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Clayhall D-Day veteran: ‘We had no time to be scared’

PUBLISHED: 10:24 06 June 2014

D-Day veteran Len Brace. [Picture: Beth Wyatt]

D-Day veteran Len Brace. [Picture: Beth Wyatt]

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A war veteran wishes he had had a crystal ball to reassure him of the luck he would have during his time securing beaches in Normandy under fire on D-Day, 70 years ago.

D-Day in Numbers

70 years since the Allied invasion of France

6,939 vessels approached the Normandy coast

156,115 Allied troops landed in Normandy on D-Day

10,000 estimated Allied casualties on D-Day

2,500 estimated D-Day deaths for Allied forces

23,400 Airborne troops sent out on June 6

9,000 estimated German D-Day casualties

425,000 casualties in total during the Battle of Normandy

20,000 estimated French civilians killed during the battle

127 D-Day aircraft lost

Len Brace, from Clayhall, was a 19-year-old conscript in the 11th Air Formation Signal Regiment involved in preparing safe landing strips for airborne divisions.

On D-Day, June 6, 1944, Len set sail from Southend where a flotilla was moored. “As we got nearer it started to get a bit noisy,” he said. “Later on we heard this great big bang three miles behind.” It was a battleship opening fire.

Len landed on Gold Beach in a jeep from a US tank landing ship in the late afternoon, to chaotic scenes. “When we got there there were so many ships firing inshore,” he said. “It was very, very noisy. It was exciting. I don’t think you had time to be scared.”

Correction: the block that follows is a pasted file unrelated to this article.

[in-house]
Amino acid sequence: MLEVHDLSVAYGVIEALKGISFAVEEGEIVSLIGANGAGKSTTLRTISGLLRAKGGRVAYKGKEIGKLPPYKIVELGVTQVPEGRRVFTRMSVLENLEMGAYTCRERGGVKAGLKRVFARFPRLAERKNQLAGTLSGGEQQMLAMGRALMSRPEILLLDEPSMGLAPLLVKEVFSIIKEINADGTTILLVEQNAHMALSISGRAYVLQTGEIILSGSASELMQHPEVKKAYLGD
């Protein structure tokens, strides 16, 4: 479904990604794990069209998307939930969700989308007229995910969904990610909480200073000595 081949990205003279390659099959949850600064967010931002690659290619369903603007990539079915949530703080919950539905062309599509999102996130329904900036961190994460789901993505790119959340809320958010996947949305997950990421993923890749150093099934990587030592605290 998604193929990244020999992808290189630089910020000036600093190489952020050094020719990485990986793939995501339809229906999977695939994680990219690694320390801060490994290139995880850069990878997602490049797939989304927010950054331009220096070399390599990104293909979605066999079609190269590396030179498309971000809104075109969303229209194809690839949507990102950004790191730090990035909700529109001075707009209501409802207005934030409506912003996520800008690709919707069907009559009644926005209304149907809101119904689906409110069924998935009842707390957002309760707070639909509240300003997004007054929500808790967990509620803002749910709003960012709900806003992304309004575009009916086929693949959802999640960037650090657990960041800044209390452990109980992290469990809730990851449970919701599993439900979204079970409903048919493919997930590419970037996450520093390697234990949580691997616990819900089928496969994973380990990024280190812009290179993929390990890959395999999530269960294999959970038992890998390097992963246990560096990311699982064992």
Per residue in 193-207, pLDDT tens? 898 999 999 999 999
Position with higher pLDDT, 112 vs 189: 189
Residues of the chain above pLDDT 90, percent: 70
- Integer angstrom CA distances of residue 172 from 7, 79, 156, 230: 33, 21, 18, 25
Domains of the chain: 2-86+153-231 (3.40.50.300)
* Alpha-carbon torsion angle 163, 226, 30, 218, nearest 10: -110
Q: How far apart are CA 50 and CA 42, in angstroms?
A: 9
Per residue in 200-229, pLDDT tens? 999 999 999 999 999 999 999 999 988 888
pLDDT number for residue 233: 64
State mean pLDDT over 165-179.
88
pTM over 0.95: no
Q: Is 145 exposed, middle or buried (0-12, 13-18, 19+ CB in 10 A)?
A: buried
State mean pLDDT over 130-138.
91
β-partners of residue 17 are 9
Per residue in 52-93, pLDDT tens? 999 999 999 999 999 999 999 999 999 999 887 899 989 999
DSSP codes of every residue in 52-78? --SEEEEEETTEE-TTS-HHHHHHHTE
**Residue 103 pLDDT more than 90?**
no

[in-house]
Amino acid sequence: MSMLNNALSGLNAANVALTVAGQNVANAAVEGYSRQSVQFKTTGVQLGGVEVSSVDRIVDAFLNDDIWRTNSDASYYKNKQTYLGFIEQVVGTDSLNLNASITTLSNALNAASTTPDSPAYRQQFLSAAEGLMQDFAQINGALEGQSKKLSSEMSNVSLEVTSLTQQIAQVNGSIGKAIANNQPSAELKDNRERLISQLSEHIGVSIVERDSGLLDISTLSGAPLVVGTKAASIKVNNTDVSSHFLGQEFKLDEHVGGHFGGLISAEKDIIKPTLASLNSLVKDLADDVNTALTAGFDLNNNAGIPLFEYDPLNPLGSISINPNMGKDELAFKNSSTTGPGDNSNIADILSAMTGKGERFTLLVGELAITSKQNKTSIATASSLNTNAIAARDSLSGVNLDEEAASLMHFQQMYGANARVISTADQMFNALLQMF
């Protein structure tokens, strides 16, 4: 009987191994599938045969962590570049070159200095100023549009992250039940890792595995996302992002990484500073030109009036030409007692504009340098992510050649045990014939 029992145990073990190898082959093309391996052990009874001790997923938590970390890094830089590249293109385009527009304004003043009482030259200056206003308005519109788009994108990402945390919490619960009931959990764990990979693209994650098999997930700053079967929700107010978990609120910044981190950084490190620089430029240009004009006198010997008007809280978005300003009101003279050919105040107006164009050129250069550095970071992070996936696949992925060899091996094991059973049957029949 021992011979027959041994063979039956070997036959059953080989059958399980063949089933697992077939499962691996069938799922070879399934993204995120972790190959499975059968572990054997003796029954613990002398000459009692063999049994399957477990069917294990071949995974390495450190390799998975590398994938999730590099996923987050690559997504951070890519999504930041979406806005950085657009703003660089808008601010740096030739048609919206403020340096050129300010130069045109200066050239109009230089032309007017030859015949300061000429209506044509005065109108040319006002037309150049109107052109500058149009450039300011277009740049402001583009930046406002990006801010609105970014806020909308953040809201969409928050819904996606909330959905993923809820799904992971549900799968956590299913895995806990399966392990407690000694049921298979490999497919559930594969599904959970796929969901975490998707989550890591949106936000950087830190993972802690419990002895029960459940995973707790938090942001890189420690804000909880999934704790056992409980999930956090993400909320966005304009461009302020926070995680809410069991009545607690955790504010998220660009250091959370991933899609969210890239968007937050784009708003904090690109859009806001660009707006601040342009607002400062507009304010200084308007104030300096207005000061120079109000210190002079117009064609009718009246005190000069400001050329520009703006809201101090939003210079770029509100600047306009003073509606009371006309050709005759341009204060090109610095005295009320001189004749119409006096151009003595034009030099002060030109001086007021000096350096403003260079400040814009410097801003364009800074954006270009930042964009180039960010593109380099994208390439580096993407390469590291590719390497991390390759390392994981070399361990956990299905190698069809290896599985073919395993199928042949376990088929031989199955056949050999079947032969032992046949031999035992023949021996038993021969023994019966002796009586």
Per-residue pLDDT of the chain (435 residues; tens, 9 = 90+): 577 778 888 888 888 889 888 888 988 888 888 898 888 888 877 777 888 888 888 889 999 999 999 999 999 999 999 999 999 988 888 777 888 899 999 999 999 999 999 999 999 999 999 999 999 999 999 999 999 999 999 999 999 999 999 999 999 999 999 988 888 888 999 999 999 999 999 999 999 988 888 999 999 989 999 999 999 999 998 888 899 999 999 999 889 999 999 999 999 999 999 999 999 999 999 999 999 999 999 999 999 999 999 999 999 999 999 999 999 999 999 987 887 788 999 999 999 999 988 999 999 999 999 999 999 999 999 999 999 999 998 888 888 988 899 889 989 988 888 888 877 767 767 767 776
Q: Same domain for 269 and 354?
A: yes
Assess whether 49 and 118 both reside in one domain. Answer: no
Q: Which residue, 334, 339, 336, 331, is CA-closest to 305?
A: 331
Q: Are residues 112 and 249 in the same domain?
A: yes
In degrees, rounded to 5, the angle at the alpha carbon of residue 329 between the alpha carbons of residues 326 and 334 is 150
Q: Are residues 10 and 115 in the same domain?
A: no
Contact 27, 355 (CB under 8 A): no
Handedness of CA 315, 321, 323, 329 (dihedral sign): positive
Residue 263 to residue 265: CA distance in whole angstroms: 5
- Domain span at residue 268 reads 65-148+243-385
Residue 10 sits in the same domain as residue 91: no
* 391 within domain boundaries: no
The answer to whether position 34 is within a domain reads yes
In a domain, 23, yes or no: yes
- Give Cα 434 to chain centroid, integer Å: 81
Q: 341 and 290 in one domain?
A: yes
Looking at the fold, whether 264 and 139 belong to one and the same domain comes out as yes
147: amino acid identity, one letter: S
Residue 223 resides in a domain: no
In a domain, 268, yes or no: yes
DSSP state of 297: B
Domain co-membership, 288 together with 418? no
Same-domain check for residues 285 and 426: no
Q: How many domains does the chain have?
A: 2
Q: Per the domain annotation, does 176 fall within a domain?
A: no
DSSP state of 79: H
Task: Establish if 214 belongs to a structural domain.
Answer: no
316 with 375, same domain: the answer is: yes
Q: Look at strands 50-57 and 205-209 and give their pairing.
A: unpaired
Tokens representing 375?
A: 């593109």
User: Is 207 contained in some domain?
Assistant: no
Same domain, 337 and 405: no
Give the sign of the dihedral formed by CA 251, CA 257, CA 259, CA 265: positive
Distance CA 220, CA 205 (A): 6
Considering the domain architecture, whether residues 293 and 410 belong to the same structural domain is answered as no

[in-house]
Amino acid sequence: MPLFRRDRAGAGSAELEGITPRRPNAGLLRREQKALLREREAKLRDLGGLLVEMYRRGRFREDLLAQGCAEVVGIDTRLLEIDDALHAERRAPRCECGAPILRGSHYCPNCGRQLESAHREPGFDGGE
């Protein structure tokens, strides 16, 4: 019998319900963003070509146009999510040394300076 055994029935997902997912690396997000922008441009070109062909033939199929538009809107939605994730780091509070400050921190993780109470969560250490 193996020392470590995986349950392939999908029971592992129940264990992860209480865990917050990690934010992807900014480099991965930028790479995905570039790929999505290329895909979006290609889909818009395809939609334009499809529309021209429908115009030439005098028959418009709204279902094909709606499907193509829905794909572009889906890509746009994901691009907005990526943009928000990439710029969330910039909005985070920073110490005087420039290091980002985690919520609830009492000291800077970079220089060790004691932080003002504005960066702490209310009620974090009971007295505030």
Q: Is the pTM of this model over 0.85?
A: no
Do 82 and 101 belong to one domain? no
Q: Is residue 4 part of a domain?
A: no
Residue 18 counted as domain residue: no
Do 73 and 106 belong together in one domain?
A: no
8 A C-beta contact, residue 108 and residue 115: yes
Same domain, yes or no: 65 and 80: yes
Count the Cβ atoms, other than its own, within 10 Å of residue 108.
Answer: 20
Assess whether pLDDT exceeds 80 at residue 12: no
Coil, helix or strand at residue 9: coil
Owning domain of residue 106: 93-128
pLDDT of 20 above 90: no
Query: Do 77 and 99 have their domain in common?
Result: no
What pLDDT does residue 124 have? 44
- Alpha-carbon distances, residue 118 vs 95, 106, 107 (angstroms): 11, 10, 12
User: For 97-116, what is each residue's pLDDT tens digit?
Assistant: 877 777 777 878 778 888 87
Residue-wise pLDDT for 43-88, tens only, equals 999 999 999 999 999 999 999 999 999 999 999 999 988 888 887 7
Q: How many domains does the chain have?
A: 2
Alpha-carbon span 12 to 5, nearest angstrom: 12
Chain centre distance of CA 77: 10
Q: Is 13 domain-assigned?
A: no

The landings saw Len and the rest of the Allied troops invade German-controlled France by air and sea. About 7,000 sea vessels with soldiers from Britain, America and Canada raided beaches after airborne divisions bombarded surrounding areas. More than 150,000 Allied troops were involved in the day’s events, which allowed the Allies to gain a foothold in western Europe.

Len, now 90 and a father-of-seven, was told to write out a will in the early hours of D-Day. “There was so much going on we didn’t have time really to reflect on it,” he said.

Len, who later worked for Ford, remembered setting up camp in the Normandy village of Villiers-le-Sec. He said: “That was our home, we stayed there for about nine or 10 weeks, we were living on biscuits.”

Len, who narrowly avoided death after driving over a mine in Normandy, said: “They [German forces] mined a lot of places, they mined everything, we had to be careful where we went.

“If I had a crystal ball 70 years ago that said I would be talking to you in 70 years, I would not have been so frightened.”

He added: “I suppose I am very lucky.”

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